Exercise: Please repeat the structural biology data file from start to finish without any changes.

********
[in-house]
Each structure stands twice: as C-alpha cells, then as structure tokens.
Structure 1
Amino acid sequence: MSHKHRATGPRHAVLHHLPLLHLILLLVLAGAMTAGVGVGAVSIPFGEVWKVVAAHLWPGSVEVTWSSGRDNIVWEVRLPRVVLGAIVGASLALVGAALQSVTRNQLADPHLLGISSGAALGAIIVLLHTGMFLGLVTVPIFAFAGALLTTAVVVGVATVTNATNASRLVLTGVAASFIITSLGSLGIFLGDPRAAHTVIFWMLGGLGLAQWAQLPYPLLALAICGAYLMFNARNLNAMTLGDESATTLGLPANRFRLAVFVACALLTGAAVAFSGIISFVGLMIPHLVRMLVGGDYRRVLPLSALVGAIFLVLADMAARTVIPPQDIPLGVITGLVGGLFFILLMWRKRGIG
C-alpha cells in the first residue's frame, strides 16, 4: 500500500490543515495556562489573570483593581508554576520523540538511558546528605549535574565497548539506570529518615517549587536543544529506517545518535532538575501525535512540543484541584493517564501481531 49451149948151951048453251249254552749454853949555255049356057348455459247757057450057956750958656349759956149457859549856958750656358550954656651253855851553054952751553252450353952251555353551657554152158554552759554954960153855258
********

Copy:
[in-house]
Each structure stands twice: as C-alpha cells, then as structure tokens.
Structure 1
Amino acid sequence: MSHKHRATGPRHAVLHHLPLLHLILLLVLAGAMTAGVGVGAVSIPFGEVWKVVAAHLWPGSVEVTWSSGRDNIVWEVRLPRVVLGAIVGASLALVGAALQSVTRNQLADPHLLGISSGAALGAIIVLLHTGMFLGLVTVPIFAFAGALLTTAVVVGVATVTNATNASRLVLTGVAASFIITSLGSLGIFLGDPRAAHTVIFWMLGGLGLAQWAQLPYPLLALAICGAYLMFNARNLNAMTLGDESATTLGLPANRFRLAVFVACALLTGAAVAFSGIISFVGLMIPHLVRMLVGGDYRRVLPLSALVGAIFLVLADMAARTVIPPQDIPLGVITGLVGGLFFILLMWRKRGIG
C-alpha cells in the first residue's frame, strides 16, 4: 500500500490543515495556562489573570483593581508554576520523540538511558546528605549535574565497548539506570529518615517549587536543544529506517545518535532538575501525535512540543484541584493517564501481531 49451149948151951048453251249254552749454853949555255049356057348455459247757057450057956750958656349759956149457859549856958750656358550954656651253855851553054952751553252450353952251555353551657554152158554552759554954960153855258